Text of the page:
Before my left-leaning and Democratic readers get too smug, this research references previous studies demonstrating a similar effect in the lead up to the Iraq War. However, in that case, the Democratic Party elites' mixed messages were countered by a Republican Party united behind the idea of invasion. The effect on the Democratic party rank and file was similar to that observed in this case.

Several other studies have examined effects similar to this for other issues. This study's importance is its focus on out-group cues and the effort placed into demonstrating a causal relationship between the statements of certain party elites and public opinion. Most previous studies focused purely on in-group cues or failed to differentiate between the two.

Okay, so I might rely on a cognitive bias that assumes certain other people are wrong because of what club they're in. How do I fix that?

The mechanism that the authors attribute this result to, the tendency to use cues from party leaders as shortcuts in decision making, is something that anybody can find themselves falling back on. Like most of the logical fallacies that people fall victim to, it is a time and energy-saving process that seems useful when getting more information and you don't feel like working things out for yourself.

Also, like many other logical fallacies, knowing about it is half the battle in defeating it.

The next time that you find yourself trying to form an opinion about a complex issue, do what you can to look to primary sources rather than politicians. Remember that maintaining that a stance is correct or incorrect because somebody of importance holds it is just the appeal to authority fallacy. Lastly, remember that whatever political club you're in isn't infallible, and that sometimes people on your team can be mistaken just like people on the other side can be correct.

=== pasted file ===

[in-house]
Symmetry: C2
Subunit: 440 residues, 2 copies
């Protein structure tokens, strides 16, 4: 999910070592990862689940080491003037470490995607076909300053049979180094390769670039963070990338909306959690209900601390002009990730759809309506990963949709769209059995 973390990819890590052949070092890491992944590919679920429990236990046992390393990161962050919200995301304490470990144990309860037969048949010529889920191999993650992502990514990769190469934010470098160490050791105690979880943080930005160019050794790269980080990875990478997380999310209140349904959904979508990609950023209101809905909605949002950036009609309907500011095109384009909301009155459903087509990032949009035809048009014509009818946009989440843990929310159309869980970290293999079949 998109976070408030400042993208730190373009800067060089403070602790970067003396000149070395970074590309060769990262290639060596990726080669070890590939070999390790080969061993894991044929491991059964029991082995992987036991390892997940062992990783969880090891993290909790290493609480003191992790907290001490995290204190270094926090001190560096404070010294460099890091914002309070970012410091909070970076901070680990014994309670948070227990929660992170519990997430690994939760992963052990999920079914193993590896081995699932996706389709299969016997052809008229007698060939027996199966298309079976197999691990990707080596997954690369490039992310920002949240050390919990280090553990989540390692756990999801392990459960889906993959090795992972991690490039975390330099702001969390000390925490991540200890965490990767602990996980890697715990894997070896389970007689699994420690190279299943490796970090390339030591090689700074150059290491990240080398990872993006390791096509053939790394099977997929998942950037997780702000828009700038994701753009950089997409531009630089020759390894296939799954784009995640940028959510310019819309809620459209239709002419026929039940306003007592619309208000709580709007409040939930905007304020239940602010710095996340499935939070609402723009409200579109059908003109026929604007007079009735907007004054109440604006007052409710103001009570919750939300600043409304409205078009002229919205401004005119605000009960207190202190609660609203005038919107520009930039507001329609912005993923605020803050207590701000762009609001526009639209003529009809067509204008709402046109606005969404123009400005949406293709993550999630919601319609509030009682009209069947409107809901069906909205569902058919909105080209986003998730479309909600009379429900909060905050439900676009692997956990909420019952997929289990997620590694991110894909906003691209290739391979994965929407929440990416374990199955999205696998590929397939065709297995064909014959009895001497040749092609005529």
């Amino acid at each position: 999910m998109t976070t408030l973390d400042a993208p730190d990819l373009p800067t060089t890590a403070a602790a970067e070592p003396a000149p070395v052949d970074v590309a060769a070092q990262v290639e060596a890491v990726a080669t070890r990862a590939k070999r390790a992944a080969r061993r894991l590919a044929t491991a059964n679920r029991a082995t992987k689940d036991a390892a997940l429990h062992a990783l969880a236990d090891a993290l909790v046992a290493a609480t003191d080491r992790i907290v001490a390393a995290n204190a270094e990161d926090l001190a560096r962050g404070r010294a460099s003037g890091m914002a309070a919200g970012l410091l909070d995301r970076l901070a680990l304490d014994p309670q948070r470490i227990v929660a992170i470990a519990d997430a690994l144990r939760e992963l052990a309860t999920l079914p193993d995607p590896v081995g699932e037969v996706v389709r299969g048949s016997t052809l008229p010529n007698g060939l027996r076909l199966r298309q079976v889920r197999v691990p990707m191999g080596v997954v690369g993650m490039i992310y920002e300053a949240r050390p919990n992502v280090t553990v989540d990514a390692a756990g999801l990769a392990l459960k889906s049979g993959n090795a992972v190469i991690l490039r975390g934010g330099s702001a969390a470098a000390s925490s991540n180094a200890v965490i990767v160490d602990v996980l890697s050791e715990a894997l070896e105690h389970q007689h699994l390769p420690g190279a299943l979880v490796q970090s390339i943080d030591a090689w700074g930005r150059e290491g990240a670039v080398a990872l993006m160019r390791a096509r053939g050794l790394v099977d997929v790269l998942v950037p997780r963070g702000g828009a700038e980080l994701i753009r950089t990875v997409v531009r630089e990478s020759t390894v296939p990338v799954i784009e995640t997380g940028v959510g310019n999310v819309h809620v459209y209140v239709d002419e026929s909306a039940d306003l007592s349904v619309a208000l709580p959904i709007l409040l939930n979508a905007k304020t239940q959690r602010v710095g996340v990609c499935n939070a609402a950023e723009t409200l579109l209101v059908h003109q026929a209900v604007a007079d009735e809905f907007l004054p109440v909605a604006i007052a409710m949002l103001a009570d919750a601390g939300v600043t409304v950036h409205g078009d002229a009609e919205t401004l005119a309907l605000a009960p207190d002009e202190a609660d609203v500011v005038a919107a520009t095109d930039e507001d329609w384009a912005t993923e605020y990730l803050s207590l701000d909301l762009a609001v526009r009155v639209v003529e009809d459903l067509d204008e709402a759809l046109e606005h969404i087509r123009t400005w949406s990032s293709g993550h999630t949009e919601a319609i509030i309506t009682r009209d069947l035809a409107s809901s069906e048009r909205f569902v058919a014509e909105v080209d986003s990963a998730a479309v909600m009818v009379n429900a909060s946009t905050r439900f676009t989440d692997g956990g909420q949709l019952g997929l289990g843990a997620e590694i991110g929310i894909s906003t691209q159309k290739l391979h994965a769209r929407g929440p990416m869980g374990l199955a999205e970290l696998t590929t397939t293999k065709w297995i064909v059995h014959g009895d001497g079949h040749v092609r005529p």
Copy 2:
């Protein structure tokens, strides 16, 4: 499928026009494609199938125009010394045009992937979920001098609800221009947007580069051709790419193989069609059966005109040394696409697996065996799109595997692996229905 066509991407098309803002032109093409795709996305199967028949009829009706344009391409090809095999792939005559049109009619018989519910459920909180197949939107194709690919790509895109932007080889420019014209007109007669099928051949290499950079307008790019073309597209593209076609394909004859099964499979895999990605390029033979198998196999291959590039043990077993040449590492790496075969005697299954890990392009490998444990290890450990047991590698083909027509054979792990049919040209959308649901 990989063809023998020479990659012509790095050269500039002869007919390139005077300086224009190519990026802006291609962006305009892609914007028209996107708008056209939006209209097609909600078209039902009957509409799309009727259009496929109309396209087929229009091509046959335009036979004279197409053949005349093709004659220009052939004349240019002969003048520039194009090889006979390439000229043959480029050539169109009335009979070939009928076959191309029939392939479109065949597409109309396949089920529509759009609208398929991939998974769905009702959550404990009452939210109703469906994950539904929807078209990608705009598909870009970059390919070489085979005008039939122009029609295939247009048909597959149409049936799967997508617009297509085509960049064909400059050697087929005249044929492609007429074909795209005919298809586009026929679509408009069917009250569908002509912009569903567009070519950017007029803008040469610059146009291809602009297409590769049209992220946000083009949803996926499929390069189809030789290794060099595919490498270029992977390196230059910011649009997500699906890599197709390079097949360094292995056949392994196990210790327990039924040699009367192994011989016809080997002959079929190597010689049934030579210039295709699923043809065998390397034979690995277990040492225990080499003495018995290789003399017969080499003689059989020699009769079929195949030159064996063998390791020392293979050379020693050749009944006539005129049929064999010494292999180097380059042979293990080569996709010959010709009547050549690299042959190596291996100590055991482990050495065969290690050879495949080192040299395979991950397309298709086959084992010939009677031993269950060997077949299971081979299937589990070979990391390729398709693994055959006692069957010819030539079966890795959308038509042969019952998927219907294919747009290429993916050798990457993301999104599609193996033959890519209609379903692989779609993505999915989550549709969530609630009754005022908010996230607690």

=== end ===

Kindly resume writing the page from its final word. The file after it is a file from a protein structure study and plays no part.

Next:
For anybody trying to increase the widespread acceptance of the scientific consensus in the United States, the authors suggest a few takeaways. They warn that party elites must weigh the positives and negatives of making public statements on their stances as that stance will generate at least some backlash.

On a more positive note, they point out that ideology was less important in decision making than many people suppose, suggesting that routes towards influencing popular opinion may face less difficulty when going against doctrine than is often feared. Similarly, they suggest that investment in forming consensus among party elites from both the left and right may be the best way to bring public opinion in line with the science. It would both benefit from the power of cues and work around the strong reaction against out-group stances.

The polarization of science in the United States has drastic consequences on scientists' ability to convince large portions of the population that climate change is real and that something should be done about it. A similar problem exists with the science around COVID-19. However, an improved understanding of the problem may allow us to solve it. By being aware of the biases that hinder our thinking, we may triumph over them.

Now we just have to be sure that the presentation of this information isn't done by someone who is considered to be part of an out-group.